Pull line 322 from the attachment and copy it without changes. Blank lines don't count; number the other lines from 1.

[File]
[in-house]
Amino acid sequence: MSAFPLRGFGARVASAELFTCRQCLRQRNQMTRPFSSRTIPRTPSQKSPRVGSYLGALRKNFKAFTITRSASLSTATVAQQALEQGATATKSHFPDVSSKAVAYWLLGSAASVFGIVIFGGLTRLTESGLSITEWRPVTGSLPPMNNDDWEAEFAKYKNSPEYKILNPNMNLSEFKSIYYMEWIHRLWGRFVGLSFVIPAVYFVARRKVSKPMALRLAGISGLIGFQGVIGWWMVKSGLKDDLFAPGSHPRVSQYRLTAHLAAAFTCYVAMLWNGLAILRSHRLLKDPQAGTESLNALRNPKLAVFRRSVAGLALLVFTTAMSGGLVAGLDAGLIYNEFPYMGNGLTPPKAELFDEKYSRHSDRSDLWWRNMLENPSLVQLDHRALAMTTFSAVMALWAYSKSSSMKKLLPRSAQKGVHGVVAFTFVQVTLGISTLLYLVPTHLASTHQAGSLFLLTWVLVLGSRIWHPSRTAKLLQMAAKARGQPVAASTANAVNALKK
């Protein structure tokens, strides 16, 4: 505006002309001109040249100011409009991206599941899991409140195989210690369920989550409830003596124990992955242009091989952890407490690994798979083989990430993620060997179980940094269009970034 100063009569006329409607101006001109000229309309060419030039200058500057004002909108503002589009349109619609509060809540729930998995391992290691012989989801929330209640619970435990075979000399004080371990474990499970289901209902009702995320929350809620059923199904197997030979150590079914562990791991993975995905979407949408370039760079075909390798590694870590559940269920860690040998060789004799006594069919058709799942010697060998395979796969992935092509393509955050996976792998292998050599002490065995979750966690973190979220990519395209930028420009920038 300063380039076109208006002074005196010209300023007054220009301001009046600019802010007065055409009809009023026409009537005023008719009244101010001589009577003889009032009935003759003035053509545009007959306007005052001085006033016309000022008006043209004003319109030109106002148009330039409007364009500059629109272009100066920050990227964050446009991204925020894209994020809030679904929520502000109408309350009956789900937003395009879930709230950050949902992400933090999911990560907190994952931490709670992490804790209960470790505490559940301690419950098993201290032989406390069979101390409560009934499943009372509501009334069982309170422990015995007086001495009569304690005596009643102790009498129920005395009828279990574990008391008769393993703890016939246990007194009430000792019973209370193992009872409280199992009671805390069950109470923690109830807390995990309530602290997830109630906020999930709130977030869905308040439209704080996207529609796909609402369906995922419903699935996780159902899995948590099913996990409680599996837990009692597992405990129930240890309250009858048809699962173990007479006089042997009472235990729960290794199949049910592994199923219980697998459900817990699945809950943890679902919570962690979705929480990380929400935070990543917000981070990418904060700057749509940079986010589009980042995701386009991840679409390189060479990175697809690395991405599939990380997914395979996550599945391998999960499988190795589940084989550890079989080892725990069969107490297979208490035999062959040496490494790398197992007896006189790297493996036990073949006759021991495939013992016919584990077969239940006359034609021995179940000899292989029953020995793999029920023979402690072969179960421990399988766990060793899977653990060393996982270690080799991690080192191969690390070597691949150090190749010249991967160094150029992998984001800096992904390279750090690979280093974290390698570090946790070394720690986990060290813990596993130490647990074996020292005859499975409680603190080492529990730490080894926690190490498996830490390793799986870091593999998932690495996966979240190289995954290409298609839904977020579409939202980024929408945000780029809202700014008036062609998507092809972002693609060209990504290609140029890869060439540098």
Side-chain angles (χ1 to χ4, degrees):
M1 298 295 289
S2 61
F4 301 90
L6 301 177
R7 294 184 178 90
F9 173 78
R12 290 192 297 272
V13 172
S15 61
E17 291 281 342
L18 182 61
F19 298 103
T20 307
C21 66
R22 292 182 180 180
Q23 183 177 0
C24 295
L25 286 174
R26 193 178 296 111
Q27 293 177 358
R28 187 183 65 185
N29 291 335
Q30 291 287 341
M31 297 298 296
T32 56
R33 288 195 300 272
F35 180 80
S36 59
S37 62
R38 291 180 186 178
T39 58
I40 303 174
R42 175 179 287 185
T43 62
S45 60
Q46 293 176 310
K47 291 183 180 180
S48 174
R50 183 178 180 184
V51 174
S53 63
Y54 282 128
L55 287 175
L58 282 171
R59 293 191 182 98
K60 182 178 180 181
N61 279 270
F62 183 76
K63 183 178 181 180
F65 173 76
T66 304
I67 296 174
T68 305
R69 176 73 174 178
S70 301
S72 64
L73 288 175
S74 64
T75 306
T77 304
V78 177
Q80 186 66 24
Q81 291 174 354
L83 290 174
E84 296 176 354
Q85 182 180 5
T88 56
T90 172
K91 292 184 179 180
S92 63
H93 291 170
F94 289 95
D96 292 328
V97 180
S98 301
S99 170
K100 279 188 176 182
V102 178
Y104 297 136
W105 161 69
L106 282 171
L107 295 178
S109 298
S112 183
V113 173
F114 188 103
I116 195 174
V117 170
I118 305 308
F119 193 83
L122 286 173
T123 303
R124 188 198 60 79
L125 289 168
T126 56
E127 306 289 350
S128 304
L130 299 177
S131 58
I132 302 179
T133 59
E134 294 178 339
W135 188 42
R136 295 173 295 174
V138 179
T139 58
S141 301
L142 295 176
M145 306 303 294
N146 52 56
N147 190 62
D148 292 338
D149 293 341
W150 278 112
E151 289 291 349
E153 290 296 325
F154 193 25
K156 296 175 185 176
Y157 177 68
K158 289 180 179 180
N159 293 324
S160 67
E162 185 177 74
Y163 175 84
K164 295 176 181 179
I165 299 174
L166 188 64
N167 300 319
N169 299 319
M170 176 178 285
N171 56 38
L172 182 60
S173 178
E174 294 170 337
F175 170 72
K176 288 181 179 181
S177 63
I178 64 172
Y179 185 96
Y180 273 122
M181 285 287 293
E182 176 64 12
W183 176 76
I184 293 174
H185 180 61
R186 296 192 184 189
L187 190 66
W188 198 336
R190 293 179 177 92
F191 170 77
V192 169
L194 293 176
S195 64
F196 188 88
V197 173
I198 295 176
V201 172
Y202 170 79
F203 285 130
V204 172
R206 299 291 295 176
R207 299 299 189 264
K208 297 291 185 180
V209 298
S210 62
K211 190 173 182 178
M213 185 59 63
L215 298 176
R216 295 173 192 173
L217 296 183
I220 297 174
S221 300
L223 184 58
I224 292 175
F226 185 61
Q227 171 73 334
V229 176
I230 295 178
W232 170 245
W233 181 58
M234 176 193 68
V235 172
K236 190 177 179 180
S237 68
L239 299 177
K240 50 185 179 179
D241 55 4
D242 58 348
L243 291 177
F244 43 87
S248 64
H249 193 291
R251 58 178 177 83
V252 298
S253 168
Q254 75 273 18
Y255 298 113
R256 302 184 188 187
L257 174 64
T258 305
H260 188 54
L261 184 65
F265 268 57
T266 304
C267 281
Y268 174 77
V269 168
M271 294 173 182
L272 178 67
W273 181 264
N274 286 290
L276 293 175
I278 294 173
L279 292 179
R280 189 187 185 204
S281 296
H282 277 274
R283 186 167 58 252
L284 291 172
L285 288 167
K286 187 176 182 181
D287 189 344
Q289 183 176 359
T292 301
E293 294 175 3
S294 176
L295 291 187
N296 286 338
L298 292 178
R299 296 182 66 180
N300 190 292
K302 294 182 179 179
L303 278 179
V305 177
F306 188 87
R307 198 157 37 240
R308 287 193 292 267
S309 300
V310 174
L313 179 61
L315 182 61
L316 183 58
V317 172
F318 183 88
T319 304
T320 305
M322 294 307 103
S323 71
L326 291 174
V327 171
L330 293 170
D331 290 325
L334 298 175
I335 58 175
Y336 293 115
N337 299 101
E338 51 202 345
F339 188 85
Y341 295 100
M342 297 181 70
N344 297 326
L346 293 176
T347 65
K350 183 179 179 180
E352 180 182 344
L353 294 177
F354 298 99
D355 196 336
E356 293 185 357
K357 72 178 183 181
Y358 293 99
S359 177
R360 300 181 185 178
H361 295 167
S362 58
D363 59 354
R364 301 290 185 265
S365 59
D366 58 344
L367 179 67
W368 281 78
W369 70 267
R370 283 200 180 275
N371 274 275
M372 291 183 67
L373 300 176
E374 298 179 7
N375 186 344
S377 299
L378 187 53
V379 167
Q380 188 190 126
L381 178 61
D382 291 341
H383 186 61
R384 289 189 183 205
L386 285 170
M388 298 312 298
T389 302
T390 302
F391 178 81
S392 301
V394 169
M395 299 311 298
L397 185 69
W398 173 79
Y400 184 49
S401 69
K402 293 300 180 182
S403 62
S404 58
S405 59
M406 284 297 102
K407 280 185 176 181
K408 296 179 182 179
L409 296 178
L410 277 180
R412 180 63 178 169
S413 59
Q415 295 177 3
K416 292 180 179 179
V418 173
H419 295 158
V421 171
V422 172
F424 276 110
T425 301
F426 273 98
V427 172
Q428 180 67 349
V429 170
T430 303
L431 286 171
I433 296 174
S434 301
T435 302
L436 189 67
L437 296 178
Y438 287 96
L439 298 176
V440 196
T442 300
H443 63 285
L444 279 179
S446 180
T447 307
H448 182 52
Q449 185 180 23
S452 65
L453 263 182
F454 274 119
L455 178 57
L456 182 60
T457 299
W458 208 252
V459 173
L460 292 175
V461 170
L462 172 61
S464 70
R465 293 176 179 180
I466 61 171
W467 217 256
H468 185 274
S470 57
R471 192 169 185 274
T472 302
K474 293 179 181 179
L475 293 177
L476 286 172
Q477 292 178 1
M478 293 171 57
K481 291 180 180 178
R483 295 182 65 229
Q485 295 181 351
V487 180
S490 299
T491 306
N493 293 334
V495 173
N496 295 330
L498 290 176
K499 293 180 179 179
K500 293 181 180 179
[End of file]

R412 180 63 178 169